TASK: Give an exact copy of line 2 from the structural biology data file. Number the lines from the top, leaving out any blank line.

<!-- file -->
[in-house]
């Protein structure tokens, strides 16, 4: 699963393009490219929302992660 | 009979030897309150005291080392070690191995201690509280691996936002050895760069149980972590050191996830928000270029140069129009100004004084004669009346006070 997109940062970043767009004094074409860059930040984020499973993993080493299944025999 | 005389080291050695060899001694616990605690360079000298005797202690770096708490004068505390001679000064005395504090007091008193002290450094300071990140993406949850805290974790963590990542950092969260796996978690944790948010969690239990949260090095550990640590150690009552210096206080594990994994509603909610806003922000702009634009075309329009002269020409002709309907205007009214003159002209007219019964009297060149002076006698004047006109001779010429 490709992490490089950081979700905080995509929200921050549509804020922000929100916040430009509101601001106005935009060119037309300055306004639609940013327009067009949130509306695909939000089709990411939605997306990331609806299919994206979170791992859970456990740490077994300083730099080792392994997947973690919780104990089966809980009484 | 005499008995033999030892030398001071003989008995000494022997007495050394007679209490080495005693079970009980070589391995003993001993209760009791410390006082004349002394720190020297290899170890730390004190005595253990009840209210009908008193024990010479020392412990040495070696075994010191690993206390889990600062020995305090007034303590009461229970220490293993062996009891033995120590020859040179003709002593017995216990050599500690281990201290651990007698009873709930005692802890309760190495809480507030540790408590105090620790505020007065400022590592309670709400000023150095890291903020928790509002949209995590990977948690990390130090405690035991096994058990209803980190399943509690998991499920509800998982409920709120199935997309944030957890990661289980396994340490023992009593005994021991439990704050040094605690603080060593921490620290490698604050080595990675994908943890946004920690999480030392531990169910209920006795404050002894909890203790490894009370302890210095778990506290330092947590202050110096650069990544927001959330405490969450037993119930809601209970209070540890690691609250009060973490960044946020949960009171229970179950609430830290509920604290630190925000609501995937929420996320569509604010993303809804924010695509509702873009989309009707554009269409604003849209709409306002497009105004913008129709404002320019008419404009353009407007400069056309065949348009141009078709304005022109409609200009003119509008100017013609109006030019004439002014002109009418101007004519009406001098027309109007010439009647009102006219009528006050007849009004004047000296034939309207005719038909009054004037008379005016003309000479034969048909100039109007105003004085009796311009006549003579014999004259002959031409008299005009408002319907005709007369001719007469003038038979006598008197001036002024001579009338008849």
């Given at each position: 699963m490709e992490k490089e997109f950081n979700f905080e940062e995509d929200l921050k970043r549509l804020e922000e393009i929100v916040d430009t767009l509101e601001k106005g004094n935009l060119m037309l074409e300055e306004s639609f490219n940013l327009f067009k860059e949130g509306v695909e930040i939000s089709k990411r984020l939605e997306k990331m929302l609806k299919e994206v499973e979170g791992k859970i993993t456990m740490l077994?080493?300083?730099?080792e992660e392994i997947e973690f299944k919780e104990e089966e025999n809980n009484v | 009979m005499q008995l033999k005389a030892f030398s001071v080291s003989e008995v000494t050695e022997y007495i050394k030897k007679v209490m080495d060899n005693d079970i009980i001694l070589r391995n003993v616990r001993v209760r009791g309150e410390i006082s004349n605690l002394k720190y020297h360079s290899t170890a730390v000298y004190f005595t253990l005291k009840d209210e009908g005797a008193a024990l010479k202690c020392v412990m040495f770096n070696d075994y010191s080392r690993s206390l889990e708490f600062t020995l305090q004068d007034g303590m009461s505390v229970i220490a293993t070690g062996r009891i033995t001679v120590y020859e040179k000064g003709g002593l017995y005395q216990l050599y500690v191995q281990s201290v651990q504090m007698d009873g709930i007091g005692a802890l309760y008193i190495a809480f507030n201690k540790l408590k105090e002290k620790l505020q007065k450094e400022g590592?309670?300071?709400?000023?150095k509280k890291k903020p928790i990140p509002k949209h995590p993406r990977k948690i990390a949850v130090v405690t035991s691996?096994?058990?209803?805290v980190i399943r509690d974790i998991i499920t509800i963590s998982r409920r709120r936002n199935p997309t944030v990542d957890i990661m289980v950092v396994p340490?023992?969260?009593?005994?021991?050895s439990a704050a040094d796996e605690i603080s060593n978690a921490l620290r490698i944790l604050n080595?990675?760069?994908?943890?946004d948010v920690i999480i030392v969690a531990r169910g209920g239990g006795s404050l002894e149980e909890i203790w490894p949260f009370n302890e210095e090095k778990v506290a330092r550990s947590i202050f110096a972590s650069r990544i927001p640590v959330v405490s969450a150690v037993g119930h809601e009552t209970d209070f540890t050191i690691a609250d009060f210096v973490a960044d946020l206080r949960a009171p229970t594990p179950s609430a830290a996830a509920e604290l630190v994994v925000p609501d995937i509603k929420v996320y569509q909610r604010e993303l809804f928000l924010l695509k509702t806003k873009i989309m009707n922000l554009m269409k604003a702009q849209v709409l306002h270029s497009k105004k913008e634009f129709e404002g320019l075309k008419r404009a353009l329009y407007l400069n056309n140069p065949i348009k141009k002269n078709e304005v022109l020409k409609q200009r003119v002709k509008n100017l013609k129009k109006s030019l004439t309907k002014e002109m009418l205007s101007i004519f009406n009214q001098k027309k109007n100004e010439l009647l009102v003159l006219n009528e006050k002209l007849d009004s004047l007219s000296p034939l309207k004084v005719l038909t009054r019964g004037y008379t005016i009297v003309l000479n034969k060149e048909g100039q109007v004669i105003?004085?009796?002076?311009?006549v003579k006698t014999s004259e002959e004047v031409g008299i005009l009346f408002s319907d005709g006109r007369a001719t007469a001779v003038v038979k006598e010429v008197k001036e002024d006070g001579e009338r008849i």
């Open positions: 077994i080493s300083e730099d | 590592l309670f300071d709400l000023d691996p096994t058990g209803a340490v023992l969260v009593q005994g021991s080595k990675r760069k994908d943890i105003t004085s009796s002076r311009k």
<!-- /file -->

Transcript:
């Protein structure tokens, strides 16, 4: 699963393009490219929302992660 | 009979030897309150005291080392070690191995201690509280691996936002050895760069149980972590050191996830928000270029140069129009100004004084004669009346006070 997109940062970043767009004094074409860059930040984020499973993993080493299944025999 | 005389080291050695060899001694616990605690360079000298005797202690770096708490004068505390001679000064005395504090007091008193002290450094300071990140993406949850805290974790963590990542950092969260796996978690944790948010969690239990949260090095550990640590150690009552210096206080594990994994509603909610806003922000702009634009075309329009002269020409002709309907205007009214003159002209007219019964009297060149002076006698004047006109001779010429 490709992490490089950081979700905080995509929200921050549509804020922000929100916040430009509101601001106005935009060119037309300055306004639609940013327009067009949130509306695909939000089709990411939605997306990331609806299919994206979170791992859970456990740490077994300083730099080792392994997947973690919780104990089966809980009484 | 005499008995033999030892030398001071003989008995000494022997007495050394007679209490080495005693079970009980070589391995003993001993209760009791410390006082004349002394720190020297290899170890730390004190005595253990009840209210009908008193024990010479020392412990040495070696075994010191690993206390889990600062020995305090007034303590009461229970220490293993062996009891033995120590020859040179003709002593017995216990050599500690281990201290651990007698009873709930005692802890309760190495809480507030540790408590105090620790505020007065400022590592309670709400000023150095890291903020928790509002949209995590990977948690990390130090405690035991096994058990209803980190399943509690998991499920509800998982409920709120199935997309944030957890990661289980396994340490023992009593005994021991439990704050040094605690603080060593921490620290490698604050080595990675994908943890946004920690999480030392531990169910209920006795404050002894909890203790490894009370302890210095778990506290330092947590202050110096650069990544927001959330405490969450037993119930809601209970209070540890690691609250009060973490960044946020949960009171229970179950609430830290509920604290630190925000609501995937929420996320569509604010993303809804924010695509509702873009989309009707554009269409604003849209709409306002497009105004913008129709404002320019008419404009353009407007400069056309065949348009141009078709304005022109409609200009003119509008100017013609109006030019004439002014002109009418101007004519009406001098027309109007010439009647009102006219009528006050007849009004004047000296034939309207005719038909009054004037008379005016003309000479034969048909100039109007105003004085009796311009006549003579014999004259002959031409008299005009408002319907005709007369001719007469003038038979006598008197001036002024001579009338008849």